GROUP BY: WHERE YOUR DATA BELONGS
By now, you might be wondering how you would go about selecting data based on the aggregated values. For instance, how do you find all publishers whose average book price is above $20? Surely, you could use the trusty WHERE clause, right? Uh, no. Try executing a query like this:
SELECT bk_publisher FROM books WHERE AVG(bk_price) > 20;
You get an error message that in the context of Microsoft SQL Server 2008 reads as follows:
An aggregate cannot appear in the WHERE clause unless it is in subquery contained in a HAVING clause or a select list, and the column being aggregated in an outer reference.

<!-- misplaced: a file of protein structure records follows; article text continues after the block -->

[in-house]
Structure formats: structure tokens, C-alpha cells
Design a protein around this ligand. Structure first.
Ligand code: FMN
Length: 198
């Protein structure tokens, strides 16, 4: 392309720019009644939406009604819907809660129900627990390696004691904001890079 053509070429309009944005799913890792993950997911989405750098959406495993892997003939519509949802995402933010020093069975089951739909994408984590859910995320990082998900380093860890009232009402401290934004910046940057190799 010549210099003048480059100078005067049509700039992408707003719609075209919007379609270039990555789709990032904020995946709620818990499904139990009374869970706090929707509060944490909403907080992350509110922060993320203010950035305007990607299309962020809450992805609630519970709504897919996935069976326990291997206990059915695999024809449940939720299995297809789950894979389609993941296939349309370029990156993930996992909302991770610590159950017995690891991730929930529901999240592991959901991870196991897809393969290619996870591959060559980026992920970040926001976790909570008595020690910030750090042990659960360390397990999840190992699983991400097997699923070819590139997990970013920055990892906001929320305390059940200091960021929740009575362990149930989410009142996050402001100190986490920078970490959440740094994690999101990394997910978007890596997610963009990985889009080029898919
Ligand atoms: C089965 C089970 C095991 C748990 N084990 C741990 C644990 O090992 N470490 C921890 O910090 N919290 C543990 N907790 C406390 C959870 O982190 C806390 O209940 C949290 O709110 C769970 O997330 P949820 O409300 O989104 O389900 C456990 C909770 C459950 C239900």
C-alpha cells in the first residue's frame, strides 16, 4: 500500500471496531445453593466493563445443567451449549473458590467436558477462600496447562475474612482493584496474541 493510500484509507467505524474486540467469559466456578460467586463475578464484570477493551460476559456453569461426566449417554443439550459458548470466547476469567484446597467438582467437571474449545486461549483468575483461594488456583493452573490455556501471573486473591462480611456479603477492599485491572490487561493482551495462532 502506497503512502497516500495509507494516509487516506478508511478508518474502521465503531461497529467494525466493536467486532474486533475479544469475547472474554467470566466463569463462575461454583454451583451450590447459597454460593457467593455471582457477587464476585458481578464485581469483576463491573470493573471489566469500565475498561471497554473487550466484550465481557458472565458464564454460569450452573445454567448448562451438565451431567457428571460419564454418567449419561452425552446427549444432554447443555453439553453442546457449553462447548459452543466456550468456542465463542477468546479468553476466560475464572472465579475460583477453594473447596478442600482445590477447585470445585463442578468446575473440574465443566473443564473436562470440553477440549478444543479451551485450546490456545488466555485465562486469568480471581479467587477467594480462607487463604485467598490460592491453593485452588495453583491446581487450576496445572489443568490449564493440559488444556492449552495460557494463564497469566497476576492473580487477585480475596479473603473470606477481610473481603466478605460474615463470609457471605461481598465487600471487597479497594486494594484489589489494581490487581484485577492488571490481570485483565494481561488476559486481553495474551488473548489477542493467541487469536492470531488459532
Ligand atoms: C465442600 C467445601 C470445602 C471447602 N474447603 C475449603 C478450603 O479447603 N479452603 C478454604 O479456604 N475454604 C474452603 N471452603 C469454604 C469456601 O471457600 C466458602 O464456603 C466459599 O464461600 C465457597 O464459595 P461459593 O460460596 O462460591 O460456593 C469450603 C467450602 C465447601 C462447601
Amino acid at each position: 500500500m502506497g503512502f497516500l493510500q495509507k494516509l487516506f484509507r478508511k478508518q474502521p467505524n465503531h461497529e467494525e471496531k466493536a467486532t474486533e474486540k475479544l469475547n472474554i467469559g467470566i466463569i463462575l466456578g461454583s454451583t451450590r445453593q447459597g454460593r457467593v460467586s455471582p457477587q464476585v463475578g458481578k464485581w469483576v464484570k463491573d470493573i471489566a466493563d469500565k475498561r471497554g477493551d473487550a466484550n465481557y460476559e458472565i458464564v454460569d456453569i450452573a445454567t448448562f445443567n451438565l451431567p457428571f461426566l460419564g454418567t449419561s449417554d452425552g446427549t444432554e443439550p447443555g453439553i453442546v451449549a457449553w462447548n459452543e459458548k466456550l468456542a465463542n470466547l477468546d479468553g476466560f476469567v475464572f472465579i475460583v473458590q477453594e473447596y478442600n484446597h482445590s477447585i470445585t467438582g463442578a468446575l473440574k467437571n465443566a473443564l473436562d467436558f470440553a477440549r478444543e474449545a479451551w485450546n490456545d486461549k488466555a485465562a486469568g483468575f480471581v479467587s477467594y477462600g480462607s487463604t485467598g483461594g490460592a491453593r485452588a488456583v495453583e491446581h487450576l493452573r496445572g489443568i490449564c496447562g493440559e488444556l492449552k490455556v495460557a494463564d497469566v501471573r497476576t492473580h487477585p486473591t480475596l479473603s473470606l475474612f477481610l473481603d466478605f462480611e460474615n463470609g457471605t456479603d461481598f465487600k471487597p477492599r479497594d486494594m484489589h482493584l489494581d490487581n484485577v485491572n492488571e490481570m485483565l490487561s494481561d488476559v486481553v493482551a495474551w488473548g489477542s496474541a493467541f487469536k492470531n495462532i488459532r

Yet there is a way to ask the database engine such a question, and get a result, by using the GROUP BY clause (with the HAVING clause not far behind), but let's get the basics nailed down first.
Aggregating results by rolling them up to a single value is useful, as is having all the data stored in the individual records, but sometimes a middle ground is needed. Using the WHERE clause with an aggregate function allows us to aggregate a subset of the results. For example, we can count books published by a particular publisher. To do the same for all publishers, we would have to run as many queries as there are distinct publishers in our table; moreover, we would need to know the publishers by name to ask for them, and we may not know the names of all the publishers. If only we could ask the database for aggregated information grouped by some criterion ...